Swallow-tailed Kites are social birds. When they are getting ready for their fall migration to South America, the birds gather in large roosting and feeding flocks in the weeks prior to the epic flight. Large late-season flocks are known to occur at Lake Woodruff National Wildlife Refuge and Fisheating Creek Wildlife Management Area, among other spots.

One communal feeding site that has gotten the excited attention of birdwatchers during the last few years is located in rural Sumter County, Florida. All through July our local birding listservs are full of breathless reports from birders who have made the trek out to the melon fields of Wildwood. The birds tended to start arrive around 10AM and peak shortly thereafter; the big show would last an hour or more.

waiting for STKI
Birders waiting for the kites to arrive [photo by Arthur]

Arthur and I made the trip out to the melon fields on July 26th, along with my parents. We weren’t the only ones. And we were not disappointed. While cloud cover kept the birds from arriving at the usual time, once the skies cleared, the birds started to arrive.

Swallow-tailed Kite feeding flock
The skies cleared up. Look for the tiny dots in the distance — those are Swallow-tailed Kites!

I estimated that we saw about 350 birds during our visit. Watching them was a treat. They were there to feed, and it was relatively easy to see them catching flying insects and devouring them while on the wing.

Swallow-tailed Kites

Arthur took this video during the feeding frenzy:

We were also lucky to see (but not photograph) a Mississippi Kite flying among the Swallow-taileds — a Florida lifer for us all.

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South Florida Nature Center Crawl

Before and after our Bahamas mini-trip back in 2013, Arthur and I visited four different nature centers: Gumbo Limbo Nature Center; Hobe Sound Nature Center; Loggerhead Marinelife Center; and Busch Wildlife Sanctuary.

We stopped at Gumbo Limbo on our way down to Lauderdale-by-the-Sea. Gumbo Limbo is a turtle rehabilitation and research center as well as a nature center. They have an impressive setup of tanks holding all kinds of marine life. There are viewing platforms above the tanks and windows below for visitors to peer inside. They also have a permanently injured, non-releasable resident sea turtle in one of the tanks.

Gumbo Limbo tanks

Gumbo Limbo resident turtle

Gopher Tortoise at Gumbo Limbo

We visited the sea turtle rehab area, where we could get up close looks at some of the patients in their tanks.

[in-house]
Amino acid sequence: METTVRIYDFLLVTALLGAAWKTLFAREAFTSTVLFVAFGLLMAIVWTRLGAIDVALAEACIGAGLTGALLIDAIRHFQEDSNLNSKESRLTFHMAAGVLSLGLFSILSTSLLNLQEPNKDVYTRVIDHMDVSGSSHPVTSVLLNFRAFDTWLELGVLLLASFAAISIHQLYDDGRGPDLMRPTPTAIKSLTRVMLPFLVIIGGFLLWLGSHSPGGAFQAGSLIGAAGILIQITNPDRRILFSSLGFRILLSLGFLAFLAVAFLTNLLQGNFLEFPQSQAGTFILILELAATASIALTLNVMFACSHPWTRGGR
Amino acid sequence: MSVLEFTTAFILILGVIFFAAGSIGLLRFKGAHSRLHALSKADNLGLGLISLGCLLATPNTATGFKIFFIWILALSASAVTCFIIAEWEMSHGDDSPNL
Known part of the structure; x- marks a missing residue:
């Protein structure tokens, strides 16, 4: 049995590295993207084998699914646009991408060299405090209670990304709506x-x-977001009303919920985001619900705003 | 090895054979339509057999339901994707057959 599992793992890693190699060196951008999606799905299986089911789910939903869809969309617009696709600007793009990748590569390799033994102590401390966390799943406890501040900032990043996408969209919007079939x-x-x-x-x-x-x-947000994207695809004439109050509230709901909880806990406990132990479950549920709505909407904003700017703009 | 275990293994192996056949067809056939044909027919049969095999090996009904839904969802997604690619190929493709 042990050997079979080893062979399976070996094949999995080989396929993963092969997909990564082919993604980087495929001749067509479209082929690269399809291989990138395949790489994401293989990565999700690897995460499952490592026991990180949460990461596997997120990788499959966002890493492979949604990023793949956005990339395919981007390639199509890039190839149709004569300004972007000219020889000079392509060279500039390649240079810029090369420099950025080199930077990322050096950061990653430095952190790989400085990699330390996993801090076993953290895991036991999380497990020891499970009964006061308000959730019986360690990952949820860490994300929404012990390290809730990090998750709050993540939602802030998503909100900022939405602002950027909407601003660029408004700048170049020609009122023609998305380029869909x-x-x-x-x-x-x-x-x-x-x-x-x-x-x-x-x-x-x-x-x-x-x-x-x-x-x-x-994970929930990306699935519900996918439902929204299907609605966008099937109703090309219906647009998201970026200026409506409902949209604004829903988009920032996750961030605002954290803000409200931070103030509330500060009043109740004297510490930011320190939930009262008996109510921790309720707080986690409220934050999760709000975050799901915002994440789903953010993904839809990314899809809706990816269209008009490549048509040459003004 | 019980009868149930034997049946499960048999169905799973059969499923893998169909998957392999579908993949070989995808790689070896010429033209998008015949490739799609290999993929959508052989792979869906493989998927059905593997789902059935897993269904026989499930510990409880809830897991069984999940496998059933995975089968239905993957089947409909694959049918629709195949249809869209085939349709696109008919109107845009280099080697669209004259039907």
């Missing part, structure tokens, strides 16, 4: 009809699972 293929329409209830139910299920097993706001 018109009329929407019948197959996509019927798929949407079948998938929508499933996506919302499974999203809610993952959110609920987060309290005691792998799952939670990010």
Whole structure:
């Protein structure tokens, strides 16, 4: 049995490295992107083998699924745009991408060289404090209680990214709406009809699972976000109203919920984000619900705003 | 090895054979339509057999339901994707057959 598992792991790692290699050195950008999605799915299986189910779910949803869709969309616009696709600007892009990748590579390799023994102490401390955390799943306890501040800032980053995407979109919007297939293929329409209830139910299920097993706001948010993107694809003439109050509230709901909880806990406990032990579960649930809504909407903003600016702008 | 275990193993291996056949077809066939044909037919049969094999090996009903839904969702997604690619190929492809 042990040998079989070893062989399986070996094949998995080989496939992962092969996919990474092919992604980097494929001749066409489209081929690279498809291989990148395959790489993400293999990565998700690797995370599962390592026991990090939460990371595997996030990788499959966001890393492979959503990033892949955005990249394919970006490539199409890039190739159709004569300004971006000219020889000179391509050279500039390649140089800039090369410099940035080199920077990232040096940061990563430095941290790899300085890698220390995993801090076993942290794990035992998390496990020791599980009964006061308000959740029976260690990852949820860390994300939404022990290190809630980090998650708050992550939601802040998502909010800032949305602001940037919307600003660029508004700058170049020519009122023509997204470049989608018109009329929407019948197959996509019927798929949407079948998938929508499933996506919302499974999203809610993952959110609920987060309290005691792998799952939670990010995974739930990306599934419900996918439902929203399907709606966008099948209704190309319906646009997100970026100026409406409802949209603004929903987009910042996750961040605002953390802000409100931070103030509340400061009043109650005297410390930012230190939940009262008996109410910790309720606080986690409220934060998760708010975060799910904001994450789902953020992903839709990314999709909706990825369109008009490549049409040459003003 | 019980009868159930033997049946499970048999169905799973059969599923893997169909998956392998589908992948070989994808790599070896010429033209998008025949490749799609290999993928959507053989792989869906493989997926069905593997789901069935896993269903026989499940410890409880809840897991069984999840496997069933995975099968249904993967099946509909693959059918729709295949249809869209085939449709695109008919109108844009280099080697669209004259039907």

Gumbo Limbo turtle rehab

Gumbo Limbo turtle rehab

During our self-guided tour, we visited part of the research facility on the property. Sea turtle research is conducted by Florida Atlantic University and other organizations in the laboratory. The setup here was interesting. From a gallery level, we could look down at hundreds of baby sea turtles in little baskets in the facility. There’s plenty of signage explaining much of the work that was taking place.

Gumbo Limbo turtle research

Gumbo Limbo turtle research

Leashed Leatherback at Gumbo Limbo
Leatherbacks are particularly prone to hurt themselves by swimming into the edges of their tanks — hence the leash

During our visit, we walked the boardwalk nature trail, complete with observation tower. There we found a locally semi-rare bird, a Scissor-tailed Flycatcher.

Mangroves at Gumbo Limbo

Gumbo Limbo tower

just an eBird record shot

After our cruise, on our way home, we stopped first at Hobe Sound National Wildlife Refuge. We visited their new nature center. The previous nature center there was wiped out by Wilma and other hurricanes; the volunteers there were very happy to have a facility again. They had a Red-tailed Hawk and a Barred Owl in a nice unique display area. They had other permanent resident education animals, including an Eastern Spotted Skunk. We had never seen one before and we were amazed at how small it was! They are just a little bigger than a squirrel and so adorable.

Hobe Sound Nature Center

Hobe Sound Nature Center

Hobe Sound Nature Center

It was a lovely day so we also took a short walk at the refuge. We we had a nice view of the sound.

Hobe Sound Nature Center

Our next stop was Loggerhead Marinelife Center, a facility that rehabilitates sea turtles. Here we saw the work they do to save injured and sick turtles. They also have a great little museum.

Loggerhead Marinelife Center

Loggerhead Marinelife Center

Loggerhead Marinelife Center

Loggerhead Marinelife Center

Loggerhead Marinelife Center

Loggerhead Marinelife Center

Our final stop on the way home was the wonderful Busch Wildlife Sanctuary. This is a large facility that cares for hundreds of animals of all types each year. On their property they keep many permanently injured animals in various enclosures along a self-guided boardwalk trail. We attended an educational program with some resident animals there.

Busch Wildlife Sanctuary

Busch Wildlife Sanctuary

Busch Wildlife Sanctuary
A wild Pilated Woodpecker worked one of the trees in the turtle ponds

Busch Wildlife Sanctuary

Busch Wildlife Sanctuary
This wild Green Heron hunted nearby

Busch Wildlife Sanctuary
Sanctuary for permanently injured birds

Busch Wildlife Sanctuary
Education Virginia Opossum and handler

While we had been looking forward to stopping at Gumbo Limbo on the way down, we didn’t plan to visit any of the last three spots before our trip. They were all surprises — we just noticed the brown tourist signs on the highway as we headed home and decided to take a few detours. I’m glad we did. ๐Ÿ™‚